But what if it had been law? Would it have affected the trial, the media coverage, the national discussion? Would those killers have been charged with lynching? Convicted of it? Without doubt their lawyers would have vigorously denied that the men were lynchers. And they would have found plenty of room to wriggle, because—you guessed it—the anti-lynching bill does not define the crime.4
Aside from legalistic definitions of lynching, there was something else bothering me about the bill. I couldn’t put my finger on it until I wrote to Ashraf Rushdy, a professor of history at Wesleyan University who’s written two books on lynching.5 On Wednesday he pointed out in an email that the bill essentially lumps lynching in with other hate crimes.
Without diminishing the seriousness of those crimes, I believe that lynching is in a class of its own. To paraphrase Rushdy, the current anti-lynching bill ignores the specific history and context of lynching—its very American nature—as well as its evolution from local acts of brutality to massive pageants of white supremacy that were performed before stadium-sized crowds.
The omission of this history in the bill’s text is, I suspect, intentional. The people who need most to reckon with lynching, we white people, consistently prove ourselves incapable of the responsibility. Like petulant children we get agitated, defensive, and angry (or worse) when we’re asked to think about what we’ve done. The bill as written lets us focus instead on historic first-ness or bipartisanship and succeeds in papering over a titanic sin. It allows the modern crop of would-be Southern senators—the same guys who are busy exploding themselves against Critical Race Theory—to safely vote for a bill that their predecessors spent several lifetimes resisting.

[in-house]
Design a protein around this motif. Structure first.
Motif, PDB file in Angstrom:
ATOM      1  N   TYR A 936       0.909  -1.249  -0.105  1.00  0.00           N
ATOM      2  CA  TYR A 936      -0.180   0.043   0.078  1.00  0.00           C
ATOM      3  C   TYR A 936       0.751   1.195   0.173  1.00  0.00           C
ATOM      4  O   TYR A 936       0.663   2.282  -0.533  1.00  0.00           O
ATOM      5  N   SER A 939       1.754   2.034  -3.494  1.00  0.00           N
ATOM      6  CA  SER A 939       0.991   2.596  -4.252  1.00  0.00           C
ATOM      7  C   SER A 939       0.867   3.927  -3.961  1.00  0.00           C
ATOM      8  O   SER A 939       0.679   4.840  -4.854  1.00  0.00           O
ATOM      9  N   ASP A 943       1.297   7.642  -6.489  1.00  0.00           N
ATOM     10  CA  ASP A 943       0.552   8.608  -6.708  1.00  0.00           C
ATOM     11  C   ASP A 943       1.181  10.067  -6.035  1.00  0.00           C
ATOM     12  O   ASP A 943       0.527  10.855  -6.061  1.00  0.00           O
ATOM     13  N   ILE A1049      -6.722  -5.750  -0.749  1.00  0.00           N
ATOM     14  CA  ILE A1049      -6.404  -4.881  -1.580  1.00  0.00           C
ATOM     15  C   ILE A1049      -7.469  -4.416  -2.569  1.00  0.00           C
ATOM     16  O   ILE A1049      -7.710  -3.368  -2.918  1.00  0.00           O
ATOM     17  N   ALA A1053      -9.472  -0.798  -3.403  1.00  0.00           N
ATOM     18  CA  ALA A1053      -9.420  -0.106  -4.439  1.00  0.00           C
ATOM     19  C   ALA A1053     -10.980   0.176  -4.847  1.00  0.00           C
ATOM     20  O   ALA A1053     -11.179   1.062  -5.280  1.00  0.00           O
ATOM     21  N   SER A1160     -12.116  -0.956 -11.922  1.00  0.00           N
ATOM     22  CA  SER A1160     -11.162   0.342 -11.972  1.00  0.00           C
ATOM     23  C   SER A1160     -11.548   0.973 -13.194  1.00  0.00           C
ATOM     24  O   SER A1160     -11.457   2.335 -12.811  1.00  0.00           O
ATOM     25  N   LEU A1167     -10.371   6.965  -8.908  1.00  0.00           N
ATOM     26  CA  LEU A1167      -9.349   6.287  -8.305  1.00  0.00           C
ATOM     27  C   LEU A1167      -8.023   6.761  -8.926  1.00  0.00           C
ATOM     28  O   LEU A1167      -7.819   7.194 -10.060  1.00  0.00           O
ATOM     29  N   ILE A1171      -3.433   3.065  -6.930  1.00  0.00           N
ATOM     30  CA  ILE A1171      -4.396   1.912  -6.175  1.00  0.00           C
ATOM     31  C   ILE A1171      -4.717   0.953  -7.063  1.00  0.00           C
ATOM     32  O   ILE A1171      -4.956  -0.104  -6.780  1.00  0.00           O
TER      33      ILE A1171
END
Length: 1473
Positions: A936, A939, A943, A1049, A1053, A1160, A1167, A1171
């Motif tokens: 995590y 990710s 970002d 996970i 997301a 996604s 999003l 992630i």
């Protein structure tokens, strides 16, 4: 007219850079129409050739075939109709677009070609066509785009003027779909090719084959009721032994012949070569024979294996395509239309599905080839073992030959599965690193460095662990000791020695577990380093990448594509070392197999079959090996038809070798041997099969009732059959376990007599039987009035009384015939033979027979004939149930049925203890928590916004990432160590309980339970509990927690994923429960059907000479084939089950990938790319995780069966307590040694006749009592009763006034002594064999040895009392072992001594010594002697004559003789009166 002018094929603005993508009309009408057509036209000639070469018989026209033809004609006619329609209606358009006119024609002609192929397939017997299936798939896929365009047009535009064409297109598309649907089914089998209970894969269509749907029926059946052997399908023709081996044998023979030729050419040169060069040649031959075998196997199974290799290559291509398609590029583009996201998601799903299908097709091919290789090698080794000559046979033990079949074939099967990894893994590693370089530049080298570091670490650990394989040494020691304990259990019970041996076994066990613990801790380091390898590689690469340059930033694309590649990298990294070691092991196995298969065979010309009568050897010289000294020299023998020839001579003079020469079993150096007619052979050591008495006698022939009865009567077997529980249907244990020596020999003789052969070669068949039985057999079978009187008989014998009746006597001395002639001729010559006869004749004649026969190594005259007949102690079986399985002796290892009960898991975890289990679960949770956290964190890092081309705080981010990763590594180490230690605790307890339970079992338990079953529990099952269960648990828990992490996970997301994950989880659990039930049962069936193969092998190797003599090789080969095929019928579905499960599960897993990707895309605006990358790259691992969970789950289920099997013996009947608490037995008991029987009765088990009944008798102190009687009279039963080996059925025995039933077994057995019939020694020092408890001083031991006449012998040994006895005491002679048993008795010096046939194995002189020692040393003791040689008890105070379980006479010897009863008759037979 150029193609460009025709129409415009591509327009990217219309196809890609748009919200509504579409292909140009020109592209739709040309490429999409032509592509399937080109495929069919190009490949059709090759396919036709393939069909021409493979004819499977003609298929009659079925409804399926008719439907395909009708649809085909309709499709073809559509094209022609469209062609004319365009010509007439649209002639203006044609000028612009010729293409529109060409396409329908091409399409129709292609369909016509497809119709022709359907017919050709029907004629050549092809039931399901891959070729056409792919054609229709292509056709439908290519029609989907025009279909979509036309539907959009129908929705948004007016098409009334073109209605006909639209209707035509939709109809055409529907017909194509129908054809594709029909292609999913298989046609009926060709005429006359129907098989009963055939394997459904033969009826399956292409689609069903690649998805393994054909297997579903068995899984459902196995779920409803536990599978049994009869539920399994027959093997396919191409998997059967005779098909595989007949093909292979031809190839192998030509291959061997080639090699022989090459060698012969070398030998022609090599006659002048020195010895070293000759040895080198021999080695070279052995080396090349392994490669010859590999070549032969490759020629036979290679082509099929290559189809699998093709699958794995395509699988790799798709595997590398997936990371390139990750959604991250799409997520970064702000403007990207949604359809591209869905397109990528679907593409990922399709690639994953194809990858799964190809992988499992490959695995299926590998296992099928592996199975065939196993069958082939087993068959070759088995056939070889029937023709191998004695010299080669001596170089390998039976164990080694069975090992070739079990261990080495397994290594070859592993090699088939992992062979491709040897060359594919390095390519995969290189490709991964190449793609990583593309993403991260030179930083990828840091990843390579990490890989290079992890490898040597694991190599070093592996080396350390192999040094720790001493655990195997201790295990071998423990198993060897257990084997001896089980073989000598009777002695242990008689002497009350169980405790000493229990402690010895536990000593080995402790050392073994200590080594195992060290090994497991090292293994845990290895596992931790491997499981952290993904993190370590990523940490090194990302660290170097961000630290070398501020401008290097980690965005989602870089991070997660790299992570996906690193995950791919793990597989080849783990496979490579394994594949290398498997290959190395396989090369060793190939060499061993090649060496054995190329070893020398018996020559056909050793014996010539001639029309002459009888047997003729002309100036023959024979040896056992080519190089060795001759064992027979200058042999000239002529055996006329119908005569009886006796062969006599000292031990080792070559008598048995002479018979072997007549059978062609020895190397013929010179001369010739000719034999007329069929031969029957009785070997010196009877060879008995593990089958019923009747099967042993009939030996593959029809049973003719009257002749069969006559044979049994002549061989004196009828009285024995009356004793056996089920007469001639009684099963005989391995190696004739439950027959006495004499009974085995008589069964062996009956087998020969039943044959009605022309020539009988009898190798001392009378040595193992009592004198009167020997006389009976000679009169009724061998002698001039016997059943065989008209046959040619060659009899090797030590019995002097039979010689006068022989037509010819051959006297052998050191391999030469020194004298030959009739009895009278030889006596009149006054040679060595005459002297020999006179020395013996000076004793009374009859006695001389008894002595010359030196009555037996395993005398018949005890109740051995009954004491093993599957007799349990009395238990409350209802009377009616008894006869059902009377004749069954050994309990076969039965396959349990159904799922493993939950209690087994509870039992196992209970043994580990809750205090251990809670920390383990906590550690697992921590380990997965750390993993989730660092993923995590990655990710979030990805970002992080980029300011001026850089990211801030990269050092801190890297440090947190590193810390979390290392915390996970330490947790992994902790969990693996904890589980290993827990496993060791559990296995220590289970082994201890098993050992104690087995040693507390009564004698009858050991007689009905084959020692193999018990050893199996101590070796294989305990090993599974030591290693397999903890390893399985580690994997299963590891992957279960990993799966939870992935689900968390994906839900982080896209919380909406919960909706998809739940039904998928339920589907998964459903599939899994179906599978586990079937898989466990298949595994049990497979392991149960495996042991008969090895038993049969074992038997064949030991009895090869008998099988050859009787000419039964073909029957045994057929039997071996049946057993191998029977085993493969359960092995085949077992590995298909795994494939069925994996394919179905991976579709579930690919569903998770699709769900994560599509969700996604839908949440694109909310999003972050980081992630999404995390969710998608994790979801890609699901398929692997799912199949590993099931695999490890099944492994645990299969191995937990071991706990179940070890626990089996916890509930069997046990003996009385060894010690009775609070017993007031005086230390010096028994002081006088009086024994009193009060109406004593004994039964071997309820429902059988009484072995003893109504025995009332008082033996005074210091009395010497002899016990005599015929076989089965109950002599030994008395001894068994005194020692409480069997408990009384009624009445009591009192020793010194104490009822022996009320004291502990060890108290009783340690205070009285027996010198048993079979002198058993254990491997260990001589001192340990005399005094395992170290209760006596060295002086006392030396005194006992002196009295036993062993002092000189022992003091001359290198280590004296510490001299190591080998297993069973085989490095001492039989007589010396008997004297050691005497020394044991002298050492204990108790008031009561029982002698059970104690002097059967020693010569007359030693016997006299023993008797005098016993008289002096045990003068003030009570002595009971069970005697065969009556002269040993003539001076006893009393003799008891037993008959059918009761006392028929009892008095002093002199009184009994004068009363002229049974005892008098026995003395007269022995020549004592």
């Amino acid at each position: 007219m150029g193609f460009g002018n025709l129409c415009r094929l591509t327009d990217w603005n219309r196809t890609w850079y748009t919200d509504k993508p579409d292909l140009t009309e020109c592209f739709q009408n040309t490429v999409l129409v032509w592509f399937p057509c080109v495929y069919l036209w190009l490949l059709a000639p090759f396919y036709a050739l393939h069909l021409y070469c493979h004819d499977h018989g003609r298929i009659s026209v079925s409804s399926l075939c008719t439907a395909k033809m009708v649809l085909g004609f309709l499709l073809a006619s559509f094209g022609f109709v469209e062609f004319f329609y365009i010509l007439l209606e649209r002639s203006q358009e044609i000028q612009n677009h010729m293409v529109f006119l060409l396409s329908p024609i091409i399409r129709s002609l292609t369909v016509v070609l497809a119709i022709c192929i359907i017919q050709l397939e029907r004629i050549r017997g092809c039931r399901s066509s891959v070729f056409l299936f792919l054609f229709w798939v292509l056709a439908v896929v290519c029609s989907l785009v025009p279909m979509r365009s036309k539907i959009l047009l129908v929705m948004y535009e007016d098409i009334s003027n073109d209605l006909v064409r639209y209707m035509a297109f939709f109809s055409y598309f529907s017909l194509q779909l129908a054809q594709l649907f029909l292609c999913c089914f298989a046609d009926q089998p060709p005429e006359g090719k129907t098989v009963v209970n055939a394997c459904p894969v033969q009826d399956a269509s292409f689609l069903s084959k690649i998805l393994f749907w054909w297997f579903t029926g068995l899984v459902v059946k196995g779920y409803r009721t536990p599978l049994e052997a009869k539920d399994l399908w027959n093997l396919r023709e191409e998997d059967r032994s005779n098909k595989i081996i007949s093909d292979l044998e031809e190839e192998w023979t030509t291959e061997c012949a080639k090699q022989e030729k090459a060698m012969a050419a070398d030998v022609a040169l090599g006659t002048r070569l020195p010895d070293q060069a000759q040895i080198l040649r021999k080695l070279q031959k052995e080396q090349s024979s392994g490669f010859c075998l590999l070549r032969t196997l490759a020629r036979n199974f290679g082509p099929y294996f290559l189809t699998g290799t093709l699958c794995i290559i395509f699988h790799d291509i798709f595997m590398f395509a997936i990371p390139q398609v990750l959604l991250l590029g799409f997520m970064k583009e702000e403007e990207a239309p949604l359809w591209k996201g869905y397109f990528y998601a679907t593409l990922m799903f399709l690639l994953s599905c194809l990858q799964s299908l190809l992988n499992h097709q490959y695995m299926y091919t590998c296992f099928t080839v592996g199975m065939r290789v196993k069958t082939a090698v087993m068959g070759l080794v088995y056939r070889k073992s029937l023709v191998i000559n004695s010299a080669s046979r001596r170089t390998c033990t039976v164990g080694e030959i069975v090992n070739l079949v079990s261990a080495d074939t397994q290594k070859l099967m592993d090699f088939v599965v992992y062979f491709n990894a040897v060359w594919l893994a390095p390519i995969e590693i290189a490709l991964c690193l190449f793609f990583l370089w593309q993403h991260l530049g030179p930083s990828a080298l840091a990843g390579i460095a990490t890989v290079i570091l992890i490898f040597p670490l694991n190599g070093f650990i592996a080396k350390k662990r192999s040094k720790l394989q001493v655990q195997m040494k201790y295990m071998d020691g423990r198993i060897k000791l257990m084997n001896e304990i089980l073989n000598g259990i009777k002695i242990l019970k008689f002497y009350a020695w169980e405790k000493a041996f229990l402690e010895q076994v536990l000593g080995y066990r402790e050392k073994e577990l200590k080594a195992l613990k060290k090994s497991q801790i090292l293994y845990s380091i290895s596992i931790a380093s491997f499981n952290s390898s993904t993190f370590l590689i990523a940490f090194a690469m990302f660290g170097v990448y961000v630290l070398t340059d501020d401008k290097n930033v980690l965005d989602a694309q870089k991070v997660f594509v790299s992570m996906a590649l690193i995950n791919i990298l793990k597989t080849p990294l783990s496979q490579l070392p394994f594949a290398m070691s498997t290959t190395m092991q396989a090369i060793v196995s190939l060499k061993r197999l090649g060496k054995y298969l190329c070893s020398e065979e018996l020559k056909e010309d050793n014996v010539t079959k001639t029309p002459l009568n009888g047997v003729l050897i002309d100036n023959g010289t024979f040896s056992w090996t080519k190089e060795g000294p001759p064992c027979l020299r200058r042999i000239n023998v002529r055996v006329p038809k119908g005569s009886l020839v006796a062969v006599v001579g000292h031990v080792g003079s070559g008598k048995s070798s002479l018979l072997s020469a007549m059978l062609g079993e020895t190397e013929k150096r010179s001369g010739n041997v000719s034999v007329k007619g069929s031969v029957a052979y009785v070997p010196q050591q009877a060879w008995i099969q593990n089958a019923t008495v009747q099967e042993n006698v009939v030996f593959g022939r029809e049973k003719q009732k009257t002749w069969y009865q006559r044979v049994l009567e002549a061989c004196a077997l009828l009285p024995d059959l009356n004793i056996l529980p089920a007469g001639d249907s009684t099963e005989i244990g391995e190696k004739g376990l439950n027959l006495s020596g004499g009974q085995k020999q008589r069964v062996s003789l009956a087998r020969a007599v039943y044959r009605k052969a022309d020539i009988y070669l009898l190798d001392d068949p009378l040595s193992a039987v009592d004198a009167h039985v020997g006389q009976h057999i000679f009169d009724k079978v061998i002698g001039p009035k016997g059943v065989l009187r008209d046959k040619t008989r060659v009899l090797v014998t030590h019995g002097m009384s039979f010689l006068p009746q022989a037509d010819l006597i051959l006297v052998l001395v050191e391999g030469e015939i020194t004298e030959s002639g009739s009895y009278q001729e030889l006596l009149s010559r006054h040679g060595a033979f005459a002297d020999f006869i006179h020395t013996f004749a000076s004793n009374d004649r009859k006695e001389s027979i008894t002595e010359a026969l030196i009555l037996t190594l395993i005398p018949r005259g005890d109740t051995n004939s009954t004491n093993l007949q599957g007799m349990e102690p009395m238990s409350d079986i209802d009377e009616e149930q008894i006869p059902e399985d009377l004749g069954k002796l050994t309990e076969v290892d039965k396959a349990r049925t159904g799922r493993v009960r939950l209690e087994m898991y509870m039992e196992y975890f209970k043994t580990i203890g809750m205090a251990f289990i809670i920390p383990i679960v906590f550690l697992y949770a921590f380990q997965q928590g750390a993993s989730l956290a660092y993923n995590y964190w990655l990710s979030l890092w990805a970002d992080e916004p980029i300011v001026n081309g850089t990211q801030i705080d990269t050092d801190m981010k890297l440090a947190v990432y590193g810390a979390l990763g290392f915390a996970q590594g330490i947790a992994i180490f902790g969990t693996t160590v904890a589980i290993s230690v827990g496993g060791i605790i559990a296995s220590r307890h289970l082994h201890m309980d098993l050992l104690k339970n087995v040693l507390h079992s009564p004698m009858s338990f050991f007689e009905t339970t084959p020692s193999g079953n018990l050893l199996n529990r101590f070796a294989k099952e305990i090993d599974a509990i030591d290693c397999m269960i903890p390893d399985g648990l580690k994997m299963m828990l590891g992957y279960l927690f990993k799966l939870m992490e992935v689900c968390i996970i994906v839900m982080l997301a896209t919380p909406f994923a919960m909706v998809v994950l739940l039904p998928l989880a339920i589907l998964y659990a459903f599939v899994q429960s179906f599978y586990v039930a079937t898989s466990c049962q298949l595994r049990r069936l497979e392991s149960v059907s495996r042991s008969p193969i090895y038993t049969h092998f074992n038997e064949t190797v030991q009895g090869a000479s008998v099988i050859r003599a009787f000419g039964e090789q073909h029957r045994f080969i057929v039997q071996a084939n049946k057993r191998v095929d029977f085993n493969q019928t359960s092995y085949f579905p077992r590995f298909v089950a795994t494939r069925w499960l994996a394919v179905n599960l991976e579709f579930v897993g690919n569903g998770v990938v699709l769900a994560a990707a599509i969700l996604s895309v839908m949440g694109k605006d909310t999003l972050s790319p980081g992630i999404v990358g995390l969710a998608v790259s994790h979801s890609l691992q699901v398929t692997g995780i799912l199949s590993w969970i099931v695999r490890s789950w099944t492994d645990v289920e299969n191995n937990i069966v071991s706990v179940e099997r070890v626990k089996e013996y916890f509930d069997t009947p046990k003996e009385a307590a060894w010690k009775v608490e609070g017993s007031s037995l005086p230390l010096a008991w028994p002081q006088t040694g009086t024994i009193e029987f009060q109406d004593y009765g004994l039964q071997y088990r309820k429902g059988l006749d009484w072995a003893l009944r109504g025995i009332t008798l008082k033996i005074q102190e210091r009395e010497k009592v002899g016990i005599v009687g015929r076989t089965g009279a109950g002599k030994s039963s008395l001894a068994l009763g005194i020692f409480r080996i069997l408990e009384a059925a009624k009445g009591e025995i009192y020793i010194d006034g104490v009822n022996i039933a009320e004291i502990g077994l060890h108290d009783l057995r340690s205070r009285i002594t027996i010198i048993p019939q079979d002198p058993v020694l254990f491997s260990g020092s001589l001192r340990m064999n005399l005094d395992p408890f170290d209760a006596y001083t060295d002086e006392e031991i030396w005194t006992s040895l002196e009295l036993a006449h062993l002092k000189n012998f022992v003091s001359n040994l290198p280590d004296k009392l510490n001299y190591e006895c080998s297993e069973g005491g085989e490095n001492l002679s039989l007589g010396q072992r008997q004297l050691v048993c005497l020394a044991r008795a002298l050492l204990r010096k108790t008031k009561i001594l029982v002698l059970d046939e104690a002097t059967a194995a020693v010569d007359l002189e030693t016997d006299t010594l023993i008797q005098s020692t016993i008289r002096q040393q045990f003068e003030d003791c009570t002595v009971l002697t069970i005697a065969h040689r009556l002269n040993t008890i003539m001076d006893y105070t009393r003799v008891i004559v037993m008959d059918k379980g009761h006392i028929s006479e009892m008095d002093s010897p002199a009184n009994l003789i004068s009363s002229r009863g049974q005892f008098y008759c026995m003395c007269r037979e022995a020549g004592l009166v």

Most importantly, the current bill does nothing to address the root evil which once elevated lynching into a weekly event. We can’t expect a solitary law to address that legacy. At best it’s a very minor symbol of contrition. Still, symbols matter, and if we truly care about Black lives we would design something better.
Lynching “was not only about hate,” Ashraf Rushdy told me, “but also about constituting a particular kind of white identity and a particular kind of national identity.” Lynching was an act performed not so much against the victim as for the crowd. And that sort of crowd, that sort of identity, is alive and thriving.6 Just watch a few minutes of footage from the Capitol on January 6, 2021. Probably you’ll know it when you see it.
This point came to me more clearly a day after I published the essay above. You could consider it a summary of the ideas I was working through:
The bill, as it is written is weak. What I mean is that it accomplishes something less than… it is not a forceful, communal call-out of lynching—something of Biblical proportions—nor is it a serious, unanimous declaration that such a crime must never be repeated. Instead, it’s the burnt-coffee version of the thing we actually need. I think this is a function of the time we’re living through, and the leadership we lack.
Many scholars also agree that this number is a significant undercount. More lynchings likely occurred than we will ever know.
But not all: State Reps from Georgia, Texas, and Kentucky voted against it in the House.
Lest there be any doubt, I’m being sarcastic.
You don’t have to look any further than Donald Trump’s two impeachment trials to find examples where legal definitions, or the lack thereof, lead into the shit. Remember all the parsing of the phrase “high crimes and misdemeanors?”
In February, Arizona State Senator Wendy Rogers spoke before a white nationalist group and said “we need to build more gallows.”